Great thoughts about how Simeon’s lack of genitalia and/or gender, mind you, would have kept him on the fringes of the faith community pre-Gospel days, but how inclusive the Gospel is that there is “…neither male or female in Christ!” Good thoughts from a good friend (whose blog can be found here):
By Drew Harper
Imagine with me.Your parents name you Simeon, but you do not remember your parents well at all. You were taken from them when you were very young. You were designated to be a servant of the State, and you were raised by a governess. You study philosophy and foreign language, history and civics. Your tutor teaches you military strategy, but somehow you know that no one expects you to serve in the armed forces. While the other kids your age are throwing javelins, you are struggling through Plato. You can tell that you are different than most people. You can’t wait, however, to study your favorite subject – world religions.
You are ruthless in your devotion to your country. At age seventeen, your beloved King dies, and after a period of mourning, a new ruler is crowned – a Queen. You are called in to the Prime Minister’s office. He tells you that you were chosen to be in the court of the new queen. Your dedication has paid off. You notice that you are a head taller than the Prime Minister before you, and almost everyone else you’ve met for that matter.
You serve with distinction for many years – it is all you have ever done. You never married nor took a lover – you were told many times that you could not. You don’t mind, however, because palace life is more than comfortable. You wonder if your parents are still living and if you would have had the quality of life you now have if you were raised like a “normal” kid. Your kingdom is experiencing an unprecedented period of peace.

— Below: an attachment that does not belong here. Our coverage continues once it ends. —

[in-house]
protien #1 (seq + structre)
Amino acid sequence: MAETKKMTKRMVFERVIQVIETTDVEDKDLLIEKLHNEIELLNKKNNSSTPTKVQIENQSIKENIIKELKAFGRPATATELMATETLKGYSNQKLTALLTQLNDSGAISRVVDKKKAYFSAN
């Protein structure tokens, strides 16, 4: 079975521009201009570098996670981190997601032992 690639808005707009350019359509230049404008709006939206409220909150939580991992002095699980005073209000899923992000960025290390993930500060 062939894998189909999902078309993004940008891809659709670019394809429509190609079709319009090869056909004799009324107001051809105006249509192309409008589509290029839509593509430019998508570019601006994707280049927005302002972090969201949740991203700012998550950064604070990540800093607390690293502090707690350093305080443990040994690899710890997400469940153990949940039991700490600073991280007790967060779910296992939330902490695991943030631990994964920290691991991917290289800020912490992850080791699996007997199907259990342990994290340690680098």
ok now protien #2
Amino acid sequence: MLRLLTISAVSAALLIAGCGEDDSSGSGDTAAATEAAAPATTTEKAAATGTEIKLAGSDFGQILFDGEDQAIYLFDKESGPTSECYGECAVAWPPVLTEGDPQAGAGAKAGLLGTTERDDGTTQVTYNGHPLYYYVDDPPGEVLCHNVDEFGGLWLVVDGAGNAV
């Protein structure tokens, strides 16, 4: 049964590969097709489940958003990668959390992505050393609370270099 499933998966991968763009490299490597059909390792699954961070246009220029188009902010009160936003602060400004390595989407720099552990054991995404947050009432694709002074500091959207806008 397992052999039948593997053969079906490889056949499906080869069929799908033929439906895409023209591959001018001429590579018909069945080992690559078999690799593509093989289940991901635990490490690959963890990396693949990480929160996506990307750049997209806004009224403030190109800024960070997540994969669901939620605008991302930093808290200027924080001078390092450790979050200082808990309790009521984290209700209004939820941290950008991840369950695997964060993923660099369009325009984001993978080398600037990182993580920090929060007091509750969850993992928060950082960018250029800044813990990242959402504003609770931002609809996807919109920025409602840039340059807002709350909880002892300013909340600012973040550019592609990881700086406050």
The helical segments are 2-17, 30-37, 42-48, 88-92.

You are well-loved in the palace, but your services are no longer essential to the court. The Queen grants you sabbatical, and you head out to see with your eyes all the foreign lands you have read about. You are especially entranced with a culture who claims there is only one God. Your tutors laughed at you when you suggested that it might be true. You want to know for yourself.
With you on your journey is the Scroll of Isaiah – your personal copy. You are reading it aloud in Greek, practicing the language for your upcoming trip to the city. Suddenly, you meet a man called Phillip who explains the text to you. He tells you about a new teacher who had died but who is alive – who was humiliated and denied justice, but who brings justice and dignity.
Your voice is higher than Phillip’s, and your skin is darker. Phillip dunks you in some water, and you come up new again, rejoicing.
Gender and sex are different. Humans generally are divided between two biological “sexes,” but there are some exceptions. About 1 in 1500 humans are born intersex with ambiguous or underdeveloped genitalia. “Gender” consists of social functions and attitudes that often accompany “sex” – marriage, attraction, work, fashion, social function. The interplay between sex and gender is complex, as I think more and more people are beginning to see.
Growing up in a farming family, I was corrected if I ever flippantly referred to a bovine animal as a “cow.” See, cows are female cattle who are also mothers. It is a gendered term, incorporating both biology (female) and social function (mother). Female cattle without calves are called heifers. These categories (and many more for many other animals) could be considered “genders.”